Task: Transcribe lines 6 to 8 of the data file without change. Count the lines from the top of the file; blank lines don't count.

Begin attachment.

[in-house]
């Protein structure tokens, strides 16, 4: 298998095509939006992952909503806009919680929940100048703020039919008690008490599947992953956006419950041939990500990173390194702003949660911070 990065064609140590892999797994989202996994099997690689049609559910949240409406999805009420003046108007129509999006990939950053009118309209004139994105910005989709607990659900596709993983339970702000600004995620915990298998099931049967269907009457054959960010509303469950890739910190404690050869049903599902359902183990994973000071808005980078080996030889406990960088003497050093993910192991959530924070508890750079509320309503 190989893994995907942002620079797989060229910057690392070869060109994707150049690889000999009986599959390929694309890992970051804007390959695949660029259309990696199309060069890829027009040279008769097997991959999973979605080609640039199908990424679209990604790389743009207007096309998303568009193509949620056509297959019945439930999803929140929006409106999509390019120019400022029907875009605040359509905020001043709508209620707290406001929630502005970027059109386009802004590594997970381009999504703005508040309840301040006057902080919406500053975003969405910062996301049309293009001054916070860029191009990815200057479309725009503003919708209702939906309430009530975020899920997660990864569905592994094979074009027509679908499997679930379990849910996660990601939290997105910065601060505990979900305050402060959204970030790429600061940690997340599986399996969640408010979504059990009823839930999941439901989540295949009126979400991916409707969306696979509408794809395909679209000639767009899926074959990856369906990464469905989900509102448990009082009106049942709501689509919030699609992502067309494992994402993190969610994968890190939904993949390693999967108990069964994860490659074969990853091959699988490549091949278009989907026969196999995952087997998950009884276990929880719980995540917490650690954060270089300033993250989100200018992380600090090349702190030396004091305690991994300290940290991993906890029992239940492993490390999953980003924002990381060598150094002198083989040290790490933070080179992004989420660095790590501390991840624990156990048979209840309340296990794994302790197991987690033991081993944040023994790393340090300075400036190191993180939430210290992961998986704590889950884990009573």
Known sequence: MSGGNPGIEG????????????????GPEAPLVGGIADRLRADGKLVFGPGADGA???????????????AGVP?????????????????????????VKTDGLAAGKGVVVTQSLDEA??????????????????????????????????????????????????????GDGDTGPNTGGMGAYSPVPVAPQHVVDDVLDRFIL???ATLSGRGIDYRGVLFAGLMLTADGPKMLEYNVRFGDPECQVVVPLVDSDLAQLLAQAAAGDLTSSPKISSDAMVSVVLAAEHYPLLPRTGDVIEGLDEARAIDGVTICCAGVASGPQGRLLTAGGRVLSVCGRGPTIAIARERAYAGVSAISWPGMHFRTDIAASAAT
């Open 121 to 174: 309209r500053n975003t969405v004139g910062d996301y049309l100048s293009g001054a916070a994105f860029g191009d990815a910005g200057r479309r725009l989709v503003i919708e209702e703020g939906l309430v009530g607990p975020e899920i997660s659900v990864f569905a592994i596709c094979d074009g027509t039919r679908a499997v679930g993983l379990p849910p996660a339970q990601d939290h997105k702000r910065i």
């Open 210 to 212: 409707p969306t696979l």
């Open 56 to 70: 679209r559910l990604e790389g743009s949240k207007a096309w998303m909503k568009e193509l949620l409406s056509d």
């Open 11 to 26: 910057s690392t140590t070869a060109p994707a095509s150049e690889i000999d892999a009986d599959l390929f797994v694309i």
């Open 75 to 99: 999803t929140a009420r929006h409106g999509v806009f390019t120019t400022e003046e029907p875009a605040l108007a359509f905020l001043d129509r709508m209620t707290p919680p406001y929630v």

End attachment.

């Open 56 to 70: 679209r559910l990604e790389g743009s949240k207007a096309w998303m909503k568009e193509l949620l409406s056509d």
């Open 11 to 26: 910057s690392t140590t070869a060109p994707a095509s150049e690889i000999d892999a009986d599959l390929f797994v694309i």
């Open 75 to 99: 999803t929140a009420r929006h409106g999509v806009f390019t120019t400022e003046e029907p875009a605040l108007a359509f905020l001043d129509r709508m209620t707290p919680p406001y929630v």